Fundamentally, every expression, every formulation whatever it may be, is a symbol of the thought that it expresses outwardly, and in this sense language itself is nothing but a symbolism. There should be no opposition, therefore, between the use of words and the use of figurative symbols; rather, these two modes of expression are complementary.
The word and the symbol both express a thought, though in different ways. The word is analytic and discursive, like the mind it expresses. The symbol, on the other hand, us synthetic and intuitive. This characteristic of the symbol makes it more suitable as a support for intellectual intuition. Language is limited, symbolism is not. That is why the highest truths need to be expressed in poetry, as we saw in the case of Dante. Guenon writes:
The highest truths, not communicable or transmissible in any other way, can be communicated up to a certain point when they are, so to speak, incorporated in symbols which will no doubt conceal them for many but which will manifest them in all their brilliance to those with eyes to see.
There are two fundamental mistakes that are frequently made in regards to symbolism:
- To confuse the symbols with its material representation.
- To regard the symbol as merely psychological or subjective.
Unfortunately, these misunderstandings appear even in those who regard themselves in some way as “men of tradition”. Even some 90 years after Guenon’s first books, these misunderstandings persist. We don’t mean to be critical for its own sake, nor to initiate a debate which, in any case, is unable to reach to the highest knowledge. Rather our intent is to help those with eyes to see to avoid confusion. The task to reform the modern mentality must continue, especially to those who believe they have overcome the that mentality.
Rather than being abstract, a concrete example should suffice to demonstrate this point. Peter recently learned about sun worship and now he wells up with pride about the sun worship of “our pagan ancestors”. He, too, wants to worship the sun, yet is unsure how to go about it. Of course, we understand the “sun” as the symbol for some deeper, metaphysical truth. As Guenon points out in our opening quote, the Sun, metaphysically speaking, is the Logos at the center of the world.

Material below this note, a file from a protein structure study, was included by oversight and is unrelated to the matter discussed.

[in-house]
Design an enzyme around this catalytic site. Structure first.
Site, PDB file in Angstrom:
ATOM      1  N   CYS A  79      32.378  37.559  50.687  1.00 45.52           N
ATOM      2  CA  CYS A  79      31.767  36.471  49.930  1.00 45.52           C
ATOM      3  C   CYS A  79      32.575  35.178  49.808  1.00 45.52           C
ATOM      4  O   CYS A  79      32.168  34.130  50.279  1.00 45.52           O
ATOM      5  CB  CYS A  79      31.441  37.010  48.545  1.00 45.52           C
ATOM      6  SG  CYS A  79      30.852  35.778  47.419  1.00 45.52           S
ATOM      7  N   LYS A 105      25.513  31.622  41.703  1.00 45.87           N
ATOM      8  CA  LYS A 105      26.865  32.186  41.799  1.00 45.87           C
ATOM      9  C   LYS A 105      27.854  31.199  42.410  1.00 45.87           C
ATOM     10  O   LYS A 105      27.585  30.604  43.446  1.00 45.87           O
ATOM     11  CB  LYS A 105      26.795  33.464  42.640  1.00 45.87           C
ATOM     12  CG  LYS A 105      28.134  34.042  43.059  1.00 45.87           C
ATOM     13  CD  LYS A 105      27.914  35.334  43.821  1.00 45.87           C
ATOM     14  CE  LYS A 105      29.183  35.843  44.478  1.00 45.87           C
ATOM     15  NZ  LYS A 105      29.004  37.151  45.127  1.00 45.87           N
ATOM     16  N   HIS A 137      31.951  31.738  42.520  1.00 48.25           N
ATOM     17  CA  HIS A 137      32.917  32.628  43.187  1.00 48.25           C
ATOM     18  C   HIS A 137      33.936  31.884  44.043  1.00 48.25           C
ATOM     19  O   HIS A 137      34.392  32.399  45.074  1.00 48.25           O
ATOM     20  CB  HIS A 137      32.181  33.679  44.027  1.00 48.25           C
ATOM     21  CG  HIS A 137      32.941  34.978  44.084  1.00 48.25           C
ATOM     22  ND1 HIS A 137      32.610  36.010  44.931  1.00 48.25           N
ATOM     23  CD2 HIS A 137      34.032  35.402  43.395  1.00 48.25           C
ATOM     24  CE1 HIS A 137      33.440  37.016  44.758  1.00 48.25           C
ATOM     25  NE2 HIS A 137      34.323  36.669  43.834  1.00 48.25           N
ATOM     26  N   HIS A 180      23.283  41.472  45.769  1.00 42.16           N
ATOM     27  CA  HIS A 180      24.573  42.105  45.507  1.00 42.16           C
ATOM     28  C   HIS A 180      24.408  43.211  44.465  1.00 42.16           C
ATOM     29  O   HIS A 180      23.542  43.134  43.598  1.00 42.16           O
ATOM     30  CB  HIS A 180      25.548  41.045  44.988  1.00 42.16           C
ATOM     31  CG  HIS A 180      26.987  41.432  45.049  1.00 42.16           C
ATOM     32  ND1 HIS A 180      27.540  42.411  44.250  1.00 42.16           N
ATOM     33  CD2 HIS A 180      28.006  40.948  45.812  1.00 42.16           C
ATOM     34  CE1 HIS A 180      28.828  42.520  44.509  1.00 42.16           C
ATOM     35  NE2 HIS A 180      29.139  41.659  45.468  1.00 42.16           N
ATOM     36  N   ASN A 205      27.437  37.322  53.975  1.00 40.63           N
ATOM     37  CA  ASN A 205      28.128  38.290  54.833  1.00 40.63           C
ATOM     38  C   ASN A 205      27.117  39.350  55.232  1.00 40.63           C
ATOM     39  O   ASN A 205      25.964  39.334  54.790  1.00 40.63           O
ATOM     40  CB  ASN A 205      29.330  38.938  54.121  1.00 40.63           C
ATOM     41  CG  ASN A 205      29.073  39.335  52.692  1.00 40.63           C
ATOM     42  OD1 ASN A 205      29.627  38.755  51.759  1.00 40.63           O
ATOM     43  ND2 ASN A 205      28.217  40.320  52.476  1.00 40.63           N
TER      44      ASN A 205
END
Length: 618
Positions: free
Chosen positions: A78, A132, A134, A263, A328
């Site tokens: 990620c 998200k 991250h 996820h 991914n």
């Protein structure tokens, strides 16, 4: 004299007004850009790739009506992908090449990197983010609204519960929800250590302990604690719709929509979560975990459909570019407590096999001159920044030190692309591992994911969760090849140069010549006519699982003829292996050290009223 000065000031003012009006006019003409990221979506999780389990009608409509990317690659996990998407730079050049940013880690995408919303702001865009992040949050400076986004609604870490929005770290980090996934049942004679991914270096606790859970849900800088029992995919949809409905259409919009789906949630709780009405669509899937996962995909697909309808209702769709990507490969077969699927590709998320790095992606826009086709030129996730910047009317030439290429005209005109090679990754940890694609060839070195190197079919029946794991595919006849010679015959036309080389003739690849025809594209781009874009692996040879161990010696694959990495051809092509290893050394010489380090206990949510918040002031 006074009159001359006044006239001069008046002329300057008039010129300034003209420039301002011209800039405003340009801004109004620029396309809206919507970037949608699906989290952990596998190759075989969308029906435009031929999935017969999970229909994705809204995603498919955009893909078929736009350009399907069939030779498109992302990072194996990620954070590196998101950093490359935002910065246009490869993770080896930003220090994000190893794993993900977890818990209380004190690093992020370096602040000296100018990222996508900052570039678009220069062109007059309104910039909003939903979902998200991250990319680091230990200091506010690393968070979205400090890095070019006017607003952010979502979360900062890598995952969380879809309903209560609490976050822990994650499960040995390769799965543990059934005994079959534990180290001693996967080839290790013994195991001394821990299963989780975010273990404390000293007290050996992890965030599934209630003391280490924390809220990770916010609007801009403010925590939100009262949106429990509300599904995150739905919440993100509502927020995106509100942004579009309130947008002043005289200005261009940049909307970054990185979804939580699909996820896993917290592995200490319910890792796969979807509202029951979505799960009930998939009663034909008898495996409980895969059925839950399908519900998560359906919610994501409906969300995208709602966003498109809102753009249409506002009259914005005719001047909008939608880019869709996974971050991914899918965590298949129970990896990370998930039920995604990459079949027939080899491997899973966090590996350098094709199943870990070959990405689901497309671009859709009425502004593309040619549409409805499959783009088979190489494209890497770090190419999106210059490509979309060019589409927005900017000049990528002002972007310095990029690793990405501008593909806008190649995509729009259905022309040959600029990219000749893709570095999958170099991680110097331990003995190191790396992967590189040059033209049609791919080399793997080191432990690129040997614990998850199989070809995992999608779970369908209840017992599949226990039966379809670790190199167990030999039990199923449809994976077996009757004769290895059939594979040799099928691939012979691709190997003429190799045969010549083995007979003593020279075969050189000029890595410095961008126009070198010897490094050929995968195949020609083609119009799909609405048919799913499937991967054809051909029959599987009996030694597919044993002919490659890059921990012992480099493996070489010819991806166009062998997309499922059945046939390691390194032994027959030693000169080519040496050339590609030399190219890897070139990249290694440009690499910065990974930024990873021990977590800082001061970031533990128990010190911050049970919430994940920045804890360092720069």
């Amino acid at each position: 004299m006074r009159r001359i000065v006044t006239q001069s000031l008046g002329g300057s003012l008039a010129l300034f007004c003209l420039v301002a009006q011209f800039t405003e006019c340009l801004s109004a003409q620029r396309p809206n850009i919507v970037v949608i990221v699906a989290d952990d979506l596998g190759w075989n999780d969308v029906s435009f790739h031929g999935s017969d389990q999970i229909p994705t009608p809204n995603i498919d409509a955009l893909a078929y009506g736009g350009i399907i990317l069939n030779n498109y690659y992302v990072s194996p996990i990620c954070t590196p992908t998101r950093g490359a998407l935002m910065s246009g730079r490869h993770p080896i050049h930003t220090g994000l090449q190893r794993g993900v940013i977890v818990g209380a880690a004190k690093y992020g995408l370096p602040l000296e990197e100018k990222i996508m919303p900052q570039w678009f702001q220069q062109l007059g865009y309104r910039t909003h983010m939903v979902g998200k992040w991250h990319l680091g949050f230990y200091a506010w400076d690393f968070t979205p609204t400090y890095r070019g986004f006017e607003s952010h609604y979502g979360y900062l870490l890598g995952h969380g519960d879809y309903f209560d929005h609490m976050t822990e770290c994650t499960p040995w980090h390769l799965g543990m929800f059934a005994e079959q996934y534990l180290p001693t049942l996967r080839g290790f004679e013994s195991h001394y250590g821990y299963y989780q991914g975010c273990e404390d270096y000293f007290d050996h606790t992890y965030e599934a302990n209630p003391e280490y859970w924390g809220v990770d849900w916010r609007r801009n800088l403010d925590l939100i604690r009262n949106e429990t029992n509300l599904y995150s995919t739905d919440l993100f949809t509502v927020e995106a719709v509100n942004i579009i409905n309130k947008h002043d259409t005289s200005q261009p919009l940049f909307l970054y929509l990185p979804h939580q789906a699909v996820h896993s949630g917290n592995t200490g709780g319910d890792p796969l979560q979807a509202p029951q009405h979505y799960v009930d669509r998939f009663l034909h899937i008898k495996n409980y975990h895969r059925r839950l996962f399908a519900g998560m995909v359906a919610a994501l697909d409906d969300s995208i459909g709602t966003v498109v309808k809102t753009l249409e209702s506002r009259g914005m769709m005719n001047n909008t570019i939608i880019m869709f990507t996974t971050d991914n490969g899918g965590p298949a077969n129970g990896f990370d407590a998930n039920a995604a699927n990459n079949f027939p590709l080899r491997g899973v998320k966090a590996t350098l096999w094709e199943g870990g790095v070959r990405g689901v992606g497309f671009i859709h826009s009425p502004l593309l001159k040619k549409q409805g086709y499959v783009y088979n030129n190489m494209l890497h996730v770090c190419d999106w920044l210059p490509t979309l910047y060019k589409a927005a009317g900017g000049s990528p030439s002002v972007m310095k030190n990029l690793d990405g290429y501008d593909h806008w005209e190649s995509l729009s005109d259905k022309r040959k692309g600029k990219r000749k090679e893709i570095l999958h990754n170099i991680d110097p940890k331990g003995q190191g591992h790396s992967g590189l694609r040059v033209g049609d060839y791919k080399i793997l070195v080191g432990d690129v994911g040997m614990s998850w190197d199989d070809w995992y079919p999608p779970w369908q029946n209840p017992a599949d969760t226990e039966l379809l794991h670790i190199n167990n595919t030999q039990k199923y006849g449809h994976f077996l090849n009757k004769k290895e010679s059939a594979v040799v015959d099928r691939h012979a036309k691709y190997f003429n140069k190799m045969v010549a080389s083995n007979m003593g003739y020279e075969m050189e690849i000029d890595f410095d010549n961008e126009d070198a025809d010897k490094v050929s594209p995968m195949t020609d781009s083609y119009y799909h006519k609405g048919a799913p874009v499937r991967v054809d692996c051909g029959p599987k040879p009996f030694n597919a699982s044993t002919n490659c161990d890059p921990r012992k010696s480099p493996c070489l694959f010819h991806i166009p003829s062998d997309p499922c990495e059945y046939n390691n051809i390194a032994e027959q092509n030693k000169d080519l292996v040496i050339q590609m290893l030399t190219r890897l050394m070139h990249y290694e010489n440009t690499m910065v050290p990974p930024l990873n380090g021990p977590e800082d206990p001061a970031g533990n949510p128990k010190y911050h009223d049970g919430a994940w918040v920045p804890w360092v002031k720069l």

The symbol is part of the chain of certainty that connects the thought to the idea. Hence, it is perfectly objective and has a meaning apart from the understanding, or misunderstandings, of men. Guenon points out that symbols are remarkably consistent across traditions. Paul does not understand this, so he speaks of “pagan” symbols, and erroneously concludes that “christians” then “stole” them, presumably to trick the apparently dim witted pagans to switch religions. It is the case that symbolism may be understood in lesser or greater depth. Guido de Giorgio points this out, with Dante, that the full meaning of pagan symbols may have become known only at a later time. An example often used by New Rightists and neo-pagans is the symbolism of the Quest for the Holy Grail. This was a Celtic legend adopted by the christians in the Middle ages. Since Guenon addresses this very topic in Symbols of Sacred Science, I’ll leave it to readers to check the relevant chapters. Perhaps they will honour us with some intelligent comments about it.